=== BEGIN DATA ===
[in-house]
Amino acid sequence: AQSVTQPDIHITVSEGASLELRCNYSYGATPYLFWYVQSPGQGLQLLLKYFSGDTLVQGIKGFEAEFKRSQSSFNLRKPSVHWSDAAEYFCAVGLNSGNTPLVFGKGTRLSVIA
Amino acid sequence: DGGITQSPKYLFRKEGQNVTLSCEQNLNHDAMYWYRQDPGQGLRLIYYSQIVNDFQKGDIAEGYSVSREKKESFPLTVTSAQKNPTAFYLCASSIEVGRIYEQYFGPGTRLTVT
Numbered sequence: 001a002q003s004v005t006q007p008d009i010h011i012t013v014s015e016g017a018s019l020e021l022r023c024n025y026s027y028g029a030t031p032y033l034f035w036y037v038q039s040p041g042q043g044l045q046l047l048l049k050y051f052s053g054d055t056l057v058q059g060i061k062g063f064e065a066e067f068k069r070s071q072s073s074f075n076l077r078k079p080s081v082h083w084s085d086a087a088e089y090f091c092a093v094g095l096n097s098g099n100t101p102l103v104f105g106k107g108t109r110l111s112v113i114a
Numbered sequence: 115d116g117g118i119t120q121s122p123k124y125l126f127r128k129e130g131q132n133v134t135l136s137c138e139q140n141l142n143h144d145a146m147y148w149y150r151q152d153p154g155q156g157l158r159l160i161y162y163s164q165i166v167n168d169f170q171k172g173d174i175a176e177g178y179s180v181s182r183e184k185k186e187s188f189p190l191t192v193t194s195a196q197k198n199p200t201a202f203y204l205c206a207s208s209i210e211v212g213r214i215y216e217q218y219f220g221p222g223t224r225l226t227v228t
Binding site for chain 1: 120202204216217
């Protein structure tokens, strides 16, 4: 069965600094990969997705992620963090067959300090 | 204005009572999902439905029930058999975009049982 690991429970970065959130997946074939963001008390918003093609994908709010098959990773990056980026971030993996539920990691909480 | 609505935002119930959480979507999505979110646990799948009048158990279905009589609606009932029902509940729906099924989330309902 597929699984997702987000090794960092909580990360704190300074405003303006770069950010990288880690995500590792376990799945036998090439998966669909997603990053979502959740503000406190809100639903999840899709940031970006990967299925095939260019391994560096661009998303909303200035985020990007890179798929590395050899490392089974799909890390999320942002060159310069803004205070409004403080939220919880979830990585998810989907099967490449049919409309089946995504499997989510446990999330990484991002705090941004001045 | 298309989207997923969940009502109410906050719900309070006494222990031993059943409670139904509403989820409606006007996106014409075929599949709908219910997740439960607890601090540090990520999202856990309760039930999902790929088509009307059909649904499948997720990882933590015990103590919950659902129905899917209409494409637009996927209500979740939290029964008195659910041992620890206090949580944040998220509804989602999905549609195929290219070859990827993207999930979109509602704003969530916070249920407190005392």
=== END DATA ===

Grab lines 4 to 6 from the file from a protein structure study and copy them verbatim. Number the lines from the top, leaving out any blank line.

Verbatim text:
Numbered sequence: 001a002q003s004v005t006q007p008d009i010h011i012t013v014s015e016g017a018s019l020e021l022r023c024n025y026s027y028g029a030t031p032y033l034f035w036y037v038q039s040p041g042q043g044l045q046l047l048l049k050y051f052s053g054d055t056l057v058q059g060i061k062g063f064e065a066e067f068k069r070s071q072s073s074f075n076l077r078k079p080s081v082h083w084s085d086a087a088e089y090f091c092a093v094g095l096n097s098g099n100t101p102l103v104f105g106k107g108t109r110l111s112v113i114a
Numbered sequence: 115d116g117g118i119t120q121s122p123k124y125l126f127r128k129e130g131q132n133v134t135l136s137c138e139q140n141l142n143h144d145a146m147y148w149y150r151q152d153p154g155q156g157l158r159l160i161y162y163s164q165i166v167n168d169f170q171k172g173d174i175a176e177g178y179s180v181s182r183e184k185k186e187s188f189p190l191t192v193t194s195a196q197k198n199p200t201a202f203y204l205c206a207s208s209i210e211v212g213r214i215y216e217q218y219f220g221p222g223t224r225l226t227v228t
Binding site for chain 1: 120202204216217